A few days ago I did my best of 2013 list for the books I had read in the second half of the year. In a departure from previous such lists I divided the books and the comics into separate posts so that I didn’t have one massive post up. Massive posts are a bit tough to handle, especially when you are promoting them on social media. And with the split posts, the directions are different and there’s no unnecessary crossover.
So, with the books already having been covered, I now delve into my favourite graphic novels of the year. A post with the best single issues will follow on later.
You can check out my top-of-the-month lists on my Reading Awards page and this list is both an extension, and a continuation of what goes on there.
Let’s see what makes the cut and which comes close then!
As the larger cosmic event Infinity begins winding down, so do the various tie-ins and current arcs going on in the related books. Mighty Avengers, a book which launched in synchronicity with the event in September, ended its first arc this week, and it has been doing quite decently from what I’ve heard of the sales for the first two issues. Of course, there’s also the matter of the exact make-up of the team, which has generated no small amount of buzz itself.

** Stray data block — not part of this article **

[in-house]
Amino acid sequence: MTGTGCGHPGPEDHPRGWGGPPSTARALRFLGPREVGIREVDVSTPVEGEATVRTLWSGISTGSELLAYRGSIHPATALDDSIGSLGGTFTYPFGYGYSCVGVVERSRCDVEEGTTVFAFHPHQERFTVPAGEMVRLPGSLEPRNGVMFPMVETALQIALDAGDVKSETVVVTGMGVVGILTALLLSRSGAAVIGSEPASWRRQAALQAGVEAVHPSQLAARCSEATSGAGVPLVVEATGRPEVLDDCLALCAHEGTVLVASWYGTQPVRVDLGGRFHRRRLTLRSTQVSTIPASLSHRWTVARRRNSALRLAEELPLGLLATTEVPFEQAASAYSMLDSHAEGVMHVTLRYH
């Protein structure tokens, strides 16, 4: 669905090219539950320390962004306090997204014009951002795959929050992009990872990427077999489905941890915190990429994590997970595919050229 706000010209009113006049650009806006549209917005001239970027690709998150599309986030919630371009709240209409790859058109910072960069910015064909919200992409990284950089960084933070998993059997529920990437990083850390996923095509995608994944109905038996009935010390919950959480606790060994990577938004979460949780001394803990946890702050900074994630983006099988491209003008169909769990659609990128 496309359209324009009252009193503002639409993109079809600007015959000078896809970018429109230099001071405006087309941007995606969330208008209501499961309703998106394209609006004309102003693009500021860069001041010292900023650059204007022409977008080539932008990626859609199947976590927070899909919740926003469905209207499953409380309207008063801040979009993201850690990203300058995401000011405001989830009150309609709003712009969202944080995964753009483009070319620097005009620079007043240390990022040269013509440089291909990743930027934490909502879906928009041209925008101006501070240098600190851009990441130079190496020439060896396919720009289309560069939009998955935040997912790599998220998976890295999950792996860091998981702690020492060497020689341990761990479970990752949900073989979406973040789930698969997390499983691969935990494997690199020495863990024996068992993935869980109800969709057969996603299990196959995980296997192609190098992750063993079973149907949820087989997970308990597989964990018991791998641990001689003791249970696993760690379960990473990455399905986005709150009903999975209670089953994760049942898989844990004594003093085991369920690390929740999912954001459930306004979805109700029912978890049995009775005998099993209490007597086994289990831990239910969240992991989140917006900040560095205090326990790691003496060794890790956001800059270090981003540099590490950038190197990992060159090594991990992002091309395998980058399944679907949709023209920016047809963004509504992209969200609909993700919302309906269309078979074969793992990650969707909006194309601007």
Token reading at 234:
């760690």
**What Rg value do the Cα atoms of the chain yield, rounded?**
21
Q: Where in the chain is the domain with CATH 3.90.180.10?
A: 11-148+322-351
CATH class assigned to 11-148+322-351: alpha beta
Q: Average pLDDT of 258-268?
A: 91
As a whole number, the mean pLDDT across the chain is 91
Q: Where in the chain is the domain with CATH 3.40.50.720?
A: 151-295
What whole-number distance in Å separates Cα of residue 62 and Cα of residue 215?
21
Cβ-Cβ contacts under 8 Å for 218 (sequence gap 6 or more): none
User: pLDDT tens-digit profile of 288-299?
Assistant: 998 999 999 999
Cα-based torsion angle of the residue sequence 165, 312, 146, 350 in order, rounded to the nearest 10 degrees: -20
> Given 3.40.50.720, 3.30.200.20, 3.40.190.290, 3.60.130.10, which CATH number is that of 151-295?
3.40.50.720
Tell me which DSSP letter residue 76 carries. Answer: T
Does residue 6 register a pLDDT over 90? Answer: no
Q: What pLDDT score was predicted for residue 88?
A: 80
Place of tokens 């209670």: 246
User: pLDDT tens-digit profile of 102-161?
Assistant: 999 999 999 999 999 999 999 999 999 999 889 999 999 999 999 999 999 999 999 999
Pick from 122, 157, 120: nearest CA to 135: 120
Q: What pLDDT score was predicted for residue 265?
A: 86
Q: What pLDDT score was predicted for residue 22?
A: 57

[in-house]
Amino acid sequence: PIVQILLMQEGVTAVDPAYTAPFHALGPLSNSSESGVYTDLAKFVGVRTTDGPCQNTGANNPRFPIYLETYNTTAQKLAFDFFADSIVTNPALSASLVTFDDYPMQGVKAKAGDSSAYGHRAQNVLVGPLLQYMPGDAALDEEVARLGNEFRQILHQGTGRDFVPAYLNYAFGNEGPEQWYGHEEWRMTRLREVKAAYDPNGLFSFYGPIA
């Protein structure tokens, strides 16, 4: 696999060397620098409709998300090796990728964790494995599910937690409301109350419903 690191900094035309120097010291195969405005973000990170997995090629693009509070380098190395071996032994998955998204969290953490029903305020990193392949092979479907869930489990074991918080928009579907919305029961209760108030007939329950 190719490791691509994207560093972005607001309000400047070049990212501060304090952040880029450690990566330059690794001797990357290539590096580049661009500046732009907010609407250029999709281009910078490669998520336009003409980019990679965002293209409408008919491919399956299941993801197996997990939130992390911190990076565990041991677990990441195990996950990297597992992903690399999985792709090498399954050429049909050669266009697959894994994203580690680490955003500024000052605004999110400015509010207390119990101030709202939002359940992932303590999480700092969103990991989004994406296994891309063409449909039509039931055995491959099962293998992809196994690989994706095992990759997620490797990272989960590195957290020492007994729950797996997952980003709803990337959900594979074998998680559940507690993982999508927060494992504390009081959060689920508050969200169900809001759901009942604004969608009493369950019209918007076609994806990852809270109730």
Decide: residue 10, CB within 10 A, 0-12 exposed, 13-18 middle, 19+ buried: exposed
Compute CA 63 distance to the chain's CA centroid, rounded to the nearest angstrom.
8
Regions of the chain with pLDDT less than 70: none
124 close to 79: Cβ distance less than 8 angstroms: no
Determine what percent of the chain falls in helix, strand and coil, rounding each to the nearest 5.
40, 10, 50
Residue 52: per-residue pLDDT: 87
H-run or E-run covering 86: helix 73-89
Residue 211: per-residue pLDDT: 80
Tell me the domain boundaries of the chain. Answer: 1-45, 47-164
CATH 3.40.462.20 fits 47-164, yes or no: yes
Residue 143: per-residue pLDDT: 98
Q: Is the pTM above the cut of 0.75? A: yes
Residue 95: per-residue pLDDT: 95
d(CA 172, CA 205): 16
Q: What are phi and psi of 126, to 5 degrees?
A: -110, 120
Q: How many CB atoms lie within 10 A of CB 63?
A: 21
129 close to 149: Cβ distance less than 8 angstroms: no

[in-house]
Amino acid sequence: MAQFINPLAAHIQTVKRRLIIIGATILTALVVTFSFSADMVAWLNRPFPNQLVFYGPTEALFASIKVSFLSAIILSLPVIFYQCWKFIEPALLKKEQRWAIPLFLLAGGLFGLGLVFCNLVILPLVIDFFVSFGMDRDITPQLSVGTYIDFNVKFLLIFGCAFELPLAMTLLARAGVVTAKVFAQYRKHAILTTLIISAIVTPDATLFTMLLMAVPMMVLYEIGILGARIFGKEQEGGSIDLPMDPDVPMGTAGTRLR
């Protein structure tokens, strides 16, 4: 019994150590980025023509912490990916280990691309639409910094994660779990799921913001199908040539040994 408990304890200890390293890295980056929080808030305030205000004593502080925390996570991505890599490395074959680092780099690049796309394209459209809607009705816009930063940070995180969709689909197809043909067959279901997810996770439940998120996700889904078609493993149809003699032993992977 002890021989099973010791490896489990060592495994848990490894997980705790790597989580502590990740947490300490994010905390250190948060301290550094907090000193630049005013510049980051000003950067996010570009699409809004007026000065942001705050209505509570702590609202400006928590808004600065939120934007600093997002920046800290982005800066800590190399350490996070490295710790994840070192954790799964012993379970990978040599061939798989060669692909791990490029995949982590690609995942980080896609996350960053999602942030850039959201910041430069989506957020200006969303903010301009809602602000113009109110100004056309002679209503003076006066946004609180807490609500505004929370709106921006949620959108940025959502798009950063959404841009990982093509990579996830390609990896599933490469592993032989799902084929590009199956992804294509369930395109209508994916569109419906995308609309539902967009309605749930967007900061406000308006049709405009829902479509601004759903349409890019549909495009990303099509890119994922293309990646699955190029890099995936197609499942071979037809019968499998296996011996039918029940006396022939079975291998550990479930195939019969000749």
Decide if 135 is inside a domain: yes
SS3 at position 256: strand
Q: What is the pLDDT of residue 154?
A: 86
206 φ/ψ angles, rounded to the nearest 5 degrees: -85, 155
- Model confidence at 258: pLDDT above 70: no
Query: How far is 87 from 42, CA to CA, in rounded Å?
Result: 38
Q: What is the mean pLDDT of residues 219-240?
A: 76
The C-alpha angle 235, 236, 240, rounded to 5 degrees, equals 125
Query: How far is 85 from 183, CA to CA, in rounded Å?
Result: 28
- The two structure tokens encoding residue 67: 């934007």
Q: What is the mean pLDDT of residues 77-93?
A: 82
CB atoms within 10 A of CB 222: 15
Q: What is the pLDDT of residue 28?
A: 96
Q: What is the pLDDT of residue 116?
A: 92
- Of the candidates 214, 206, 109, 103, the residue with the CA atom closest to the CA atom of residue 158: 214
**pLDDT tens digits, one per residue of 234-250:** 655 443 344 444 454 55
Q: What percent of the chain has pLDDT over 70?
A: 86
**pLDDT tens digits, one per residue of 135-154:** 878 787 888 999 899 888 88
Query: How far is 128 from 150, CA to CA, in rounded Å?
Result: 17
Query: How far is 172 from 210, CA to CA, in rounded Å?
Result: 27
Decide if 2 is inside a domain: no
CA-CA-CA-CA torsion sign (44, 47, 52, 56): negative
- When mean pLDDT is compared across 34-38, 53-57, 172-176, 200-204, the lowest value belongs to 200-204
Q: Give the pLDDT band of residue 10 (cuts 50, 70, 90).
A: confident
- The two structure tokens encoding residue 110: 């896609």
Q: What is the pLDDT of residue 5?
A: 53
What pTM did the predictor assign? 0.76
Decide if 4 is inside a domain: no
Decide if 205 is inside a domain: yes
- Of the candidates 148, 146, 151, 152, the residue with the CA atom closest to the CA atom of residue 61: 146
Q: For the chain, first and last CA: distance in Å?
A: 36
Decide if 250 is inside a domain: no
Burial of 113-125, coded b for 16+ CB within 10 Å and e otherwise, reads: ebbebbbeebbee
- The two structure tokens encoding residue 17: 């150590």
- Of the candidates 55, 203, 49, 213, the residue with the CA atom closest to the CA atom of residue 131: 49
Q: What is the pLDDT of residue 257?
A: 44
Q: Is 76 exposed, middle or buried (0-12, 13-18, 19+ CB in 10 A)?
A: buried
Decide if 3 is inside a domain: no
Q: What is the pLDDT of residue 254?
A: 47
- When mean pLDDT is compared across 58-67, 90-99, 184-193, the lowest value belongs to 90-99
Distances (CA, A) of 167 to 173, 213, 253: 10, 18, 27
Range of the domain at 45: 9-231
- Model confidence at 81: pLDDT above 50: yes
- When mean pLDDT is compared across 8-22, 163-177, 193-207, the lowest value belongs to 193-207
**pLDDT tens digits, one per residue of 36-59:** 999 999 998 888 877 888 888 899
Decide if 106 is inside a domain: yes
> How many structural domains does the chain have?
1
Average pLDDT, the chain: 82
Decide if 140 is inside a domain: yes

This is a book that showcases the minority characters, and characters that are seemingly overlooked by the rest of the Marvel universe considering that most of the books the publisher is putting out right now are X-Men books with largely similar teams, and Avengers books that are all about the high-profile heroes. Al Ewing has done great in bringing together all these characters and telling a really fun story involving them, partnered up with some decent artwork,
This week was filled with reading a lot more than just the regular DC books. I read a fair amount of Marvel stuff this time, and also other titles from other publishers, particularly Vertigo, which is a DC imprint. A lot of these comics were really good, some not so much, and that’s pretty much normal really. Never a full week of solid comics. An impossibility I think.